Yeah. Well, and then I get that then obviously from a long time ago having a development background, I think there. There is certainly safety in being able to not publicly describe what your roadmap, what your plan of action is. But I will say I find it very useful for descript because they do that. And you can actually go in and look at where features lie that are immediately going to be available shortly. And which ones are further out. In fact, they've implemented a voting system that for the person that actually bothers figuring out how to find the website you can actually upvote different requests that people are making for features and bring it to their attention as something that the consumers really want, if it gets a lot of upwards. And so it'll probably take a higher priority on their roadmap to bring it out as a feature set.

Tom:

Yeah, one way to approach product development. But we don't really operate that way. Great examples this week what's happened with what Facebook is doing, what Apple is doing. I'm excited that we're going to have a work cycle spinning up in the next couple of weeks, and I'm going to be able to look at all of the things that are happening in the industry and decide what do we want to do? What do we want to do in that six weeks? I don't have to go back to some. Document that we wrote six months ago and say, well, what did we promise to our users? Or what did we communicate to the world? Or what did, even if we never communicated it publicly, if we've written it down and we've set that expectations within our team, then people are moving in that direction. Well, we don't want that because now you've got momentum in a direction that's going to be hard to change. So instead, what we want to do is we want to say, look, guys, we want to be agile. We want to be nimble and respond to to what we think is the best thing to do. And in those six week work cycles. And so we're in a great position to be able to respond right now to some of the things that we're seeing, in the industry.

Gene:

Well, let's talk about Apple then briefly. How do you see the new announcement affecting you guys?

Tom:

I think it's going to cause a lot of questions with pod-casters really evaluating whether or not that's a model, that'll work for them. Whether or not they can monetize their podcasts to a subscription model. It's not, it's not new, but it certainly is simple. When it's built right into the, I was going to say the purple app, because that's how some people respond. Cause they don't even, they don't even think that they're using Apple podcasts. They just know that they're clicking on the purple icon on their iPhone. And that's how they listened to podcasts. And you figured that's the majority of podcast consumers, right? They're not the techies that they were 10 years ago. And so what Apple has done is they've made it much simpler for those people to be able to say, yeah, I'll pay whatever $3 a month or $5 a month for a podcast. And so there's a lot of podcasters that are now going to be asking the question. Well, is that going to work for me? Is that a way for me to monetize my podcasts? And so that's I think the The result of what Apple has done is it's people asking that question. And ultimately, I don't think that is the right way to monetize content, but it's going to be through trial and error that people realize that.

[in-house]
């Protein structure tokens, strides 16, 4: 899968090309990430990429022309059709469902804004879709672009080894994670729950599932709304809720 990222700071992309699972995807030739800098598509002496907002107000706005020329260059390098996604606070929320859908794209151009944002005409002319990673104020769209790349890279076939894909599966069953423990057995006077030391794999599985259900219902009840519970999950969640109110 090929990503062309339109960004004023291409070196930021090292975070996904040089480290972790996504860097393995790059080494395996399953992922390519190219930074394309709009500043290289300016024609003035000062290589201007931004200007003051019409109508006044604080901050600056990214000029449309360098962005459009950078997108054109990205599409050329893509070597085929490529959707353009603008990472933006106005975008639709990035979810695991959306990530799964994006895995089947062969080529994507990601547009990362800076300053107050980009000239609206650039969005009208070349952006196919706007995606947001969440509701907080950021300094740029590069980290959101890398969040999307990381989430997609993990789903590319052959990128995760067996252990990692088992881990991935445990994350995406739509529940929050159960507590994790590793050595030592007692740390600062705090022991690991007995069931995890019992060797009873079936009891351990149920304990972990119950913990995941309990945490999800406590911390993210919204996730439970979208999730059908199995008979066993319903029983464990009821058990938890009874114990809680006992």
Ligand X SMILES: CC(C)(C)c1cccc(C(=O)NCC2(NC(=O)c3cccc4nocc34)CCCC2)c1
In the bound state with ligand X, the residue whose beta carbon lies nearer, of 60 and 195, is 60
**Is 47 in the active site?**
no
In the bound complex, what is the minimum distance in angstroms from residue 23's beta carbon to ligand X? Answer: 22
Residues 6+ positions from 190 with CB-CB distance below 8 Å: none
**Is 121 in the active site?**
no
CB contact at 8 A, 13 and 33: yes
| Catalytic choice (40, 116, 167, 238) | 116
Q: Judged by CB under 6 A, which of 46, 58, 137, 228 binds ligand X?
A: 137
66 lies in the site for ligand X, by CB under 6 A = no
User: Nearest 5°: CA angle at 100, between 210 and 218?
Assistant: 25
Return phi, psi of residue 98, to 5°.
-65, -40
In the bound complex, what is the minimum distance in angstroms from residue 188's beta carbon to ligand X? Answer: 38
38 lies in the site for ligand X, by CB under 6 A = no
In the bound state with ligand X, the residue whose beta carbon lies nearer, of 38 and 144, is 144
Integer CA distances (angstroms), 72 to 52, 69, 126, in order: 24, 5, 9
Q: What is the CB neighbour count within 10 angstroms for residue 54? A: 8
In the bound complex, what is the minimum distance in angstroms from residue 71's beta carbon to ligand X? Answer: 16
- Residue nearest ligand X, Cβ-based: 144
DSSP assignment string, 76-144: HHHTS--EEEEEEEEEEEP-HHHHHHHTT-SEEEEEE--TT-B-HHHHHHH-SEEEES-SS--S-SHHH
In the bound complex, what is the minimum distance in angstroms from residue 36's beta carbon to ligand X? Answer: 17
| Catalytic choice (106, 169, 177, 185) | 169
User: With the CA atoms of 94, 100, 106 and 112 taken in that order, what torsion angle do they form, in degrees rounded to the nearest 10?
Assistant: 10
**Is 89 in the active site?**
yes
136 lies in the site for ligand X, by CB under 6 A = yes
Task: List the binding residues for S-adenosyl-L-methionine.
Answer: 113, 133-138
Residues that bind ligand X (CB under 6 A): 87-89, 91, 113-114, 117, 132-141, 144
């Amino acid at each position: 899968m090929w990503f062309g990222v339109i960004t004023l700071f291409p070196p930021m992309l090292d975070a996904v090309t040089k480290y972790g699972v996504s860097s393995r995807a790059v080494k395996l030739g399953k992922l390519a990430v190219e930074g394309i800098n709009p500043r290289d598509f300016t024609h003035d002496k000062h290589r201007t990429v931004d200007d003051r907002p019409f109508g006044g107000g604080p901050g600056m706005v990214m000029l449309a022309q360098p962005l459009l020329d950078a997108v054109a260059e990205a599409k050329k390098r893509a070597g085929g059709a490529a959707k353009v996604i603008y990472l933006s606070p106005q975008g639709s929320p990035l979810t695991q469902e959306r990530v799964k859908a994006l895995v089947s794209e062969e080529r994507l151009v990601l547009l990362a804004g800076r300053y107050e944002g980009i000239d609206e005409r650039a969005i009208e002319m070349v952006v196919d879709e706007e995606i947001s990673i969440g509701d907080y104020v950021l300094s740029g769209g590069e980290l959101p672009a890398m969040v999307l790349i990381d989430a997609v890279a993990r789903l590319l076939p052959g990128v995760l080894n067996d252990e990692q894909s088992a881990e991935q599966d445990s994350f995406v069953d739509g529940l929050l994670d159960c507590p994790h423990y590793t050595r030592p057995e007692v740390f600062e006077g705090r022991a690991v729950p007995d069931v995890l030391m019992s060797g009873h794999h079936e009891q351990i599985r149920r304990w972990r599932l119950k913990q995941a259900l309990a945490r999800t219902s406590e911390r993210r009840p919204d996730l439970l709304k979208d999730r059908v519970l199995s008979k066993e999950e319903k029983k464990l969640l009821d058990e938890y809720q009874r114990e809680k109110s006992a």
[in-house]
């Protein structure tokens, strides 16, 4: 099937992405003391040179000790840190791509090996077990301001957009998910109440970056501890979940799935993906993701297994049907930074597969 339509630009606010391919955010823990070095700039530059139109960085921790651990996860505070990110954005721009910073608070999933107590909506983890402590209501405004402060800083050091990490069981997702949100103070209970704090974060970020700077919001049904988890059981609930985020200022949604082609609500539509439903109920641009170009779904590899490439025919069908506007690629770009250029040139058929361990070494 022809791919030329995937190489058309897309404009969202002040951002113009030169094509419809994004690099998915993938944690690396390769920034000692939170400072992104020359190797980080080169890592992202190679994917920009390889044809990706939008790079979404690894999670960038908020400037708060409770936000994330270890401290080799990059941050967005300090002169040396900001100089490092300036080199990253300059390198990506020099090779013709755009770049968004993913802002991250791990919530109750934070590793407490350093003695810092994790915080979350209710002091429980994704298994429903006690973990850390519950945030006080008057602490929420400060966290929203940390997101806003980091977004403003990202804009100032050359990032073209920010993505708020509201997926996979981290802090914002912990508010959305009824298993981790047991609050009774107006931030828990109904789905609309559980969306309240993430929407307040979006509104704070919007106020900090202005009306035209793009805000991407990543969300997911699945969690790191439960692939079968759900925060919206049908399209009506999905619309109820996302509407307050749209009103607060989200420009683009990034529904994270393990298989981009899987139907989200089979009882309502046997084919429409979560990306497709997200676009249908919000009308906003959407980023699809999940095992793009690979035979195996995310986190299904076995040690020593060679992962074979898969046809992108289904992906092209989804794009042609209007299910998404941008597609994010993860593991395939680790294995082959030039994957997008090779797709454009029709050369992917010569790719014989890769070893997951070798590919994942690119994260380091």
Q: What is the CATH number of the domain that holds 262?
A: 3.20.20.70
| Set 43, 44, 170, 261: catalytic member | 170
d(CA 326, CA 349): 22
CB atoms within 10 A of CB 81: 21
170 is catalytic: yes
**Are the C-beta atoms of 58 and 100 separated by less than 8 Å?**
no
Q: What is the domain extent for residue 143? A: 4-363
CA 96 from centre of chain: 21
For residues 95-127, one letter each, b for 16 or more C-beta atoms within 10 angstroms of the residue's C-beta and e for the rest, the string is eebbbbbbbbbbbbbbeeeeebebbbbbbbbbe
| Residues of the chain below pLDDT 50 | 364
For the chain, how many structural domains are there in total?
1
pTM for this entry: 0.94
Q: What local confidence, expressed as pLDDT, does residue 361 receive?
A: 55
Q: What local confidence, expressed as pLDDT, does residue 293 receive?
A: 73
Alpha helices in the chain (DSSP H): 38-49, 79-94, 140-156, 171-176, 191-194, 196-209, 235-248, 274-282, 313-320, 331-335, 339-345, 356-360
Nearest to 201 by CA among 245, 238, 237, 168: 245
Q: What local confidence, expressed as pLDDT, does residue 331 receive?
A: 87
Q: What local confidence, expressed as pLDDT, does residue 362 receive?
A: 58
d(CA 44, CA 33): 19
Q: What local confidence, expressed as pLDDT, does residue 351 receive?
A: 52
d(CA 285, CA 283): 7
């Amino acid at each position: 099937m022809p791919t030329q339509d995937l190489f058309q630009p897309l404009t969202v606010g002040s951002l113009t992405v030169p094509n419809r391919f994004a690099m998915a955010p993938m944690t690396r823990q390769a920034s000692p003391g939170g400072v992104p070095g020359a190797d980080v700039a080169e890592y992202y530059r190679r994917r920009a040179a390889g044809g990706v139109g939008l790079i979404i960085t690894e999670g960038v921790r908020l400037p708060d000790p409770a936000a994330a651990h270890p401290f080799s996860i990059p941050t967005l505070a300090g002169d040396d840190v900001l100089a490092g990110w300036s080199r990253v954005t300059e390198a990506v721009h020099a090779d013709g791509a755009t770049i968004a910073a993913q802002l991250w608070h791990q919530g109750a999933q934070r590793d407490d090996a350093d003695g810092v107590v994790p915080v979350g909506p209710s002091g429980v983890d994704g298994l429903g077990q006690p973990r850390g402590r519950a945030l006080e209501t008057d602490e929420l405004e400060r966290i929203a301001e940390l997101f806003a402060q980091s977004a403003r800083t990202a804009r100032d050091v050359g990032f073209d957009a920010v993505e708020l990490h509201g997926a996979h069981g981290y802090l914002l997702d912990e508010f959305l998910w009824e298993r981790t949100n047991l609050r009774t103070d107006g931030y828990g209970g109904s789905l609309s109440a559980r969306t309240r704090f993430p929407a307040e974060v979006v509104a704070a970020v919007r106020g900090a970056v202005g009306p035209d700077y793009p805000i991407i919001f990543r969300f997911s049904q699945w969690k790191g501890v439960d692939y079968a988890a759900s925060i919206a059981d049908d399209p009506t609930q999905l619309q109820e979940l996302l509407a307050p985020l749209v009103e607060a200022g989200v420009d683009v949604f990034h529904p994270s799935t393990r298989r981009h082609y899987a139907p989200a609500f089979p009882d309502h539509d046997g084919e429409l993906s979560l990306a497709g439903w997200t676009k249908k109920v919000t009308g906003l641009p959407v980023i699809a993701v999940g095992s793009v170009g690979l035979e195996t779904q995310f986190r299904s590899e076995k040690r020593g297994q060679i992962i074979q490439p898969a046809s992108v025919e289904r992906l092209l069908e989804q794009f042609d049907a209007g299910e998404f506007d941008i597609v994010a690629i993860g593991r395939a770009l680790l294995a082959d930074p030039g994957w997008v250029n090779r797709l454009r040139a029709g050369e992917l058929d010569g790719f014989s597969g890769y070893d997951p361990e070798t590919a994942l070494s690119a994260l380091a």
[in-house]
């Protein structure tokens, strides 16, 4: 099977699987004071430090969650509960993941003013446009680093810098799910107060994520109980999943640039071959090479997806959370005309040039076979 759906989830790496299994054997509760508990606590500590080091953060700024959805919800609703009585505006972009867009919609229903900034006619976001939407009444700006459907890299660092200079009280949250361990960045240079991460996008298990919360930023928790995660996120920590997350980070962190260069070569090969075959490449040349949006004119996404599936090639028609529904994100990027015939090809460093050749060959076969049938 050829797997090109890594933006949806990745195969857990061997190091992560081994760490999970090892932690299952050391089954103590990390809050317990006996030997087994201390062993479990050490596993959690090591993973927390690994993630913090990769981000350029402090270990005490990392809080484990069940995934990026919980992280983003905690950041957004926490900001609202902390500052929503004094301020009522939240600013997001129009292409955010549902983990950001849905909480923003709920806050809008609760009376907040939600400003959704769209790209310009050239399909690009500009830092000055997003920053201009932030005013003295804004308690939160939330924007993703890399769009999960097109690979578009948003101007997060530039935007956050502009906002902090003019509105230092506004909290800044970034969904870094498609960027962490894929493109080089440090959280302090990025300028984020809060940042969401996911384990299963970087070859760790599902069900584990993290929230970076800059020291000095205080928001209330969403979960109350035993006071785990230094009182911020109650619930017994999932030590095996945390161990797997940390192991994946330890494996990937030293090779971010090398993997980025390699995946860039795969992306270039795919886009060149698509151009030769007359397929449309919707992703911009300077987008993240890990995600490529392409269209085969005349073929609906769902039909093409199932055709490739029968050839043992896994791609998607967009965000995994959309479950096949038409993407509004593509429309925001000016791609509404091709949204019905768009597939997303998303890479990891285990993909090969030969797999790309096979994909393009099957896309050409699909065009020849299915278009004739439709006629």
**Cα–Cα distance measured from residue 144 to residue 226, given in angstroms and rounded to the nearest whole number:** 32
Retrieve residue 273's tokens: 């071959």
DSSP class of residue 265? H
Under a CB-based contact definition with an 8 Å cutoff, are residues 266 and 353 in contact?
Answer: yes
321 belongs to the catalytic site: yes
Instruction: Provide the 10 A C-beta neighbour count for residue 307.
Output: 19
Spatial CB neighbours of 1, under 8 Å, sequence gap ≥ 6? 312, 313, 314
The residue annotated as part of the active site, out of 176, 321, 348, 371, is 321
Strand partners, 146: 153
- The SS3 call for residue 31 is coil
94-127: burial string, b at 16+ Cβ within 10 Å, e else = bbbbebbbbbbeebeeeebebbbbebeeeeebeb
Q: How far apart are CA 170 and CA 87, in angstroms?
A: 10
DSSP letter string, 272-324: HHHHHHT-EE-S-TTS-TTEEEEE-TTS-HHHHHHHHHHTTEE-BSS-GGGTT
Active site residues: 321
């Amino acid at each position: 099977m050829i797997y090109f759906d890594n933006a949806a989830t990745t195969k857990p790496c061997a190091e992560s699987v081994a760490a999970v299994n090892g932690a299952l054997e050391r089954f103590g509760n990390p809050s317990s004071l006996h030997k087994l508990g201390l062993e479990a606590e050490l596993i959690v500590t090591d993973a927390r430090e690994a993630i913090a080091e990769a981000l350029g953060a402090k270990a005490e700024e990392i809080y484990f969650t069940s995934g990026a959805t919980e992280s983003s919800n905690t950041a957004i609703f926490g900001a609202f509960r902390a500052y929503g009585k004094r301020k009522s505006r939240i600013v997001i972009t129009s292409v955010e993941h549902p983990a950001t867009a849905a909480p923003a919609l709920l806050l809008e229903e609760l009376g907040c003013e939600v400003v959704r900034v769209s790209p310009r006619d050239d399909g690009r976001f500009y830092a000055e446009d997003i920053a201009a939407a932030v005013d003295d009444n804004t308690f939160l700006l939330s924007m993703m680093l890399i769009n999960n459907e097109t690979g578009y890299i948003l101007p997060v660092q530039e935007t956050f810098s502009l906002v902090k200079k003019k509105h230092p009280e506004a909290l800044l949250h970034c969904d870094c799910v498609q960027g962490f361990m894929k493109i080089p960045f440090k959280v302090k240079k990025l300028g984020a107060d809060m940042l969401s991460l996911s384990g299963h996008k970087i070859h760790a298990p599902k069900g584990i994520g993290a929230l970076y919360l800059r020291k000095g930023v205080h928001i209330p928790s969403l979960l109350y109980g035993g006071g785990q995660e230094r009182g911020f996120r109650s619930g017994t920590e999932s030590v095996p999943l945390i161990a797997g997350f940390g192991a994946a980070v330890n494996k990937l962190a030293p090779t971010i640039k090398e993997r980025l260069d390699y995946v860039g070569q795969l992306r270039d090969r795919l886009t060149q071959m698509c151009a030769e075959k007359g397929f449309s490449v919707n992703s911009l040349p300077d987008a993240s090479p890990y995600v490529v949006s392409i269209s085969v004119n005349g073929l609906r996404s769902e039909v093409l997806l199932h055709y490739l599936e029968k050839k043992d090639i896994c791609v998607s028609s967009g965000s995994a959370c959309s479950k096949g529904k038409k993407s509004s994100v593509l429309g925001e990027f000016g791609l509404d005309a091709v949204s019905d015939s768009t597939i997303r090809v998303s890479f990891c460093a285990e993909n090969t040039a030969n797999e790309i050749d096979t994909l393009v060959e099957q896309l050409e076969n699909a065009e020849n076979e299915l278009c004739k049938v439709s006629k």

Gene:

I agree with you. And one of the things I was thinking of doing, and it all depends on how much free time I decided I have is to spool up another podcast that is more focused on my business side. And then put that up online at Apple as a 99 cent podcast or something like that. Really more as a test to see what kind of response you get as a small player, because ultimately I don't expect that it's going to be much of a response because the money that's going to be going to podcasts is going to be going to NPR. It's going to be going to large production houses. It's going to go to, more conservative in the sense, not politically conservative, but conservative in the sense of media brands of properties that are based around companies that create media as their sole business.

Tom:

In the subscription space, that's what you're competing with.

Gene:

Yeah. And there may be an Apple version of a Joe Rogan out there, but it's not going to be. It's not going to be a whole bunch of small juror organs. I don't think at least that's my prediction. I could be totally wrong.

Tom:

yeah. With you. I would say that's where we are, but whether it works out or not, it's definitely causing questions and confusion with podcasters. And so they're like, well, wait a minute, I'm just starting my podcast. Should I be doing it on Apple? Should I be doing it on anchor so that I can get it into Spotify and get a monthly subscription? Like how do I do this? And so being able to put content that's, we want to be transparent. Like obviously we have a vested interest in you hosting your solution with us, but we're more about the independent podcaster and helping them become successful. And it's really hard to be successful if you're putting yourself in a walled garden behind a paywall.